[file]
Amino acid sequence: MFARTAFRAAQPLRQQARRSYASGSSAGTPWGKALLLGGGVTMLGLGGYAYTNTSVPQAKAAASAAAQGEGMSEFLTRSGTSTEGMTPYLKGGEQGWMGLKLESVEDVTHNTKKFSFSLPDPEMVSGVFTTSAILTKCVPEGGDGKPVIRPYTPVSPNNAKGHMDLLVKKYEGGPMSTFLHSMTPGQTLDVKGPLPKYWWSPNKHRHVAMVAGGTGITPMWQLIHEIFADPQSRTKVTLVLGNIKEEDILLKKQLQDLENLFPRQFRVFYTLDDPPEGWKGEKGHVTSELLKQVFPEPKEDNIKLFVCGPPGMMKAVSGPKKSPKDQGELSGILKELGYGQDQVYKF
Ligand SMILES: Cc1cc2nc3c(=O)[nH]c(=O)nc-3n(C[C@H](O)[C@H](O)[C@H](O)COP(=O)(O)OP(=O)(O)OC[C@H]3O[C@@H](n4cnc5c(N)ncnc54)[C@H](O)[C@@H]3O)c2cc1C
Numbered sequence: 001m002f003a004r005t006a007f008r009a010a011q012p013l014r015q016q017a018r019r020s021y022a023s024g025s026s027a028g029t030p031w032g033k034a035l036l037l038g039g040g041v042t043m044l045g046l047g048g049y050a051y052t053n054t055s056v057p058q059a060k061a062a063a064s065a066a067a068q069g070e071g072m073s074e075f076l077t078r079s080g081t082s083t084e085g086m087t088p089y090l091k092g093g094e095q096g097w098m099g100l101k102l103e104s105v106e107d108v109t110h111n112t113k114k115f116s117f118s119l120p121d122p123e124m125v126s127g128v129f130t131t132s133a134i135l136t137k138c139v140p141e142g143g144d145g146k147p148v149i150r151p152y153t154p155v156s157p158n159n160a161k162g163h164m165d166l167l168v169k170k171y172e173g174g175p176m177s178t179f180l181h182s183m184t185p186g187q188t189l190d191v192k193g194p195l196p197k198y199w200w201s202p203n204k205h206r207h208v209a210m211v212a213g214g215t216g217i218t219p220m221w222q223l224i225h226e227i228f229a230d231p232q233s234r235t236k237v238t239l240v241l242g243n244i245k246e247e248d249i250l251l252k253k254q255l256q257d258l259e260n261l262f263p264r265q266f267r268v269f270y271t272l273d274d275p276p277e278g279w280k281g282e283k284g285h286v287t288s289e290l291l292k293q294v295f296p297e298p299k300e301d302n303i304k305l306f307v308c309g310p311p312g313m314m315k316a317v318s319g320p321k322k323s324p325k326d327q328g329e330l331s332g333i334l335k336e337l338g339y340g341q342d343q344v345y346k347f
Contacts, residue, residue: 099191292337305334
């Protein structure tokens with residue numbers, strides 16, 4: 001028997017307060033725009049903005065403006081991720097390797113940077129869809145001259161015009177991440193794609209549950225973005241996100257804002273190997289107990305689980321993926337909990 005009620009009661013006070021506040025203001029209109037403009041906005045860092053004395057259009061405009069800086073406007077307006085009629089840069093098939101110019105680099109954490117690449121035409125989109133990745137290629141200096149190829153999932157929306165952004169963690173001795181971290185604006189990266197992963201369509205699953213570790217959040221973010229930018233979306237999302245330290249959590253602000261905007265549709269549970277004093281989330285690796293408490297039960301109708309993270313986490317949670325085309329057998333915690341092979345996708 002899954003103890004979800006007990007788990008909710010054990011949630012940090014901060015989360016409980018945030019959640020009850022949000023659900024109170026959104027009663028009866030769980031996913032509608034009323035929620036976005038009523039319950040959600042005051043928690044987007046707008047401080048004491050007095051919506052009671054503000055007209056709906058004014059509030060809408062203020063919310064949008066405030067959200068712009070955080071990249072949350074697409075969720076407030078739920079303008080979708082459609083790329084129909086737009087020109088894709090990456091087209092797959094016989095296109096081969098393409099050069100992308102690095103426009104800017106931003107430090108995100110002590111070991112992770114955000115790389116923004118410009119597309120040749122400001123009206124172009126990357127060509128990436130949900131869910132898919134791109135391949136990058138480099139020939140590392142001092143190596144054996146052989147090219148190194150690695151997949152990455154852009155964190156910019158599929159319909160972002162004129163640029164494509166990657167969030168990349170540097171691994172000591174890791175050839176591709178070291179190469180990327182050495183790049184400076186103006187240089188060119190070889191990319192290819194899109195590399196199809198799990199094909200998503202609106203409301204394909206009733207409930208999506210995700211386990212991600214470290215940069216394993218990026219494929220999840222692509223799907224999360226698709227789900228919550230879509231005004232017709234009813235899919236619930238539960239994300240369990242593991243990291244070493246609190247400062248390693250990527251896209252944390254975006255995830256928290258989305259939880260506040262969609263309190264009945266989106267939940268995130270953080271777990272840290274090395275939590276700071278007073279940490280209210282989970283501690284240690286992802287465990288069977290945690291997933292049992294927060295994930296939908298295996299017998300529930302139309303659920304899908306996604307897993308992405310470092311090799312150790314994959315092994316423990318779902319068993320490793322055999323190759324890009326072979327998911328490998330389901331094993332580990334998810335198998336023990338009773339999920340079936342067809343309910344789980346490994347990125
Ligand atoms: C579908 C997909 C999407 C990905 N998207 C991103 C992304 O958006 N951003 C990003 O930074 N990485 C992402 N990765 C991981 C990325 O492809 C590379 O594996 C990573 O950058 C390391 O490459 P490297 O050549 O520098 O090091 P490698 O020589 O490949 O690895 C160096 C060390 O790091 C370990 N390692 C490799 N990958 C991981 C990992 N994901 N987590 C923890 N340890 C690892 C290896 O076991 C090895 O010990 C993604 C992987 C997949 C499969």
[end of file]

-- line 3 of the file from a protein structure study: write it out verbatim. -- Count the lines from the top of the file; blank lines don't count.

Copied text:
Numbered sequence: 001m002f003a004r005t006a007f008r009a010a011q012p013l014r015q016q017a018r019r020s021y022a023s024g025s026s027a028g029t030p031w032g033k034a035l036l037l038g039g040g041v042t043m044l045g046l047g048g049y050a051y052t053n054t055s056v057p058q059a060k061a062a063a064s065a066a067a068q069g070e071g072m073s074e075f076l077t078r079s080g081t082s083t084e085g086m087t088p089y090l091k092g093g094e095q096g097w098m099g100l101k102l103e104s105v106e107d108v109t110h111n112t113k114k115f116s117f118s119l120p121d122p123e124m125v126s127g128v129f130t131t132s133a134i135l136t137k138c139v140p141e142g143g144d145g146k147p148v149i150r151p152y153t154p155v156s157p158n159n160a161k162g163h164m165d166l167l168v169k170k171y172e173g174g175p176m177s178t179f180l181h182s183m184t185p186g187q188t189l190d191v192k193g194p195l196p197k198y199w200w201s202p203n204k205h206r207h208v209a210m211v212a213g214g215t216g217i218t219p220m221w222q223l224i225h226e227i228f229a230d231p232q233s234r235t236k237v238t239l240v241l242g243n244i245k246e247e248d249i250l251l252k253k254q255l256q257d258l259e260n261l262f263p264r265q266f267r268v269f270y271t272l273d274d275p276p277e278g279w280k281g282e283k284g285h286v287t288s289e290l291l292k293q294v295f296p297e298p299k300e301d302n303i304k305l306f307v308c309g310p311p312g313m314m315k316a317v318s319g320p321k322k323s324p325k326d327q328g329e330l331s332g333i334l335k336e337l338g339y340g341q342d343q344v345y346k347f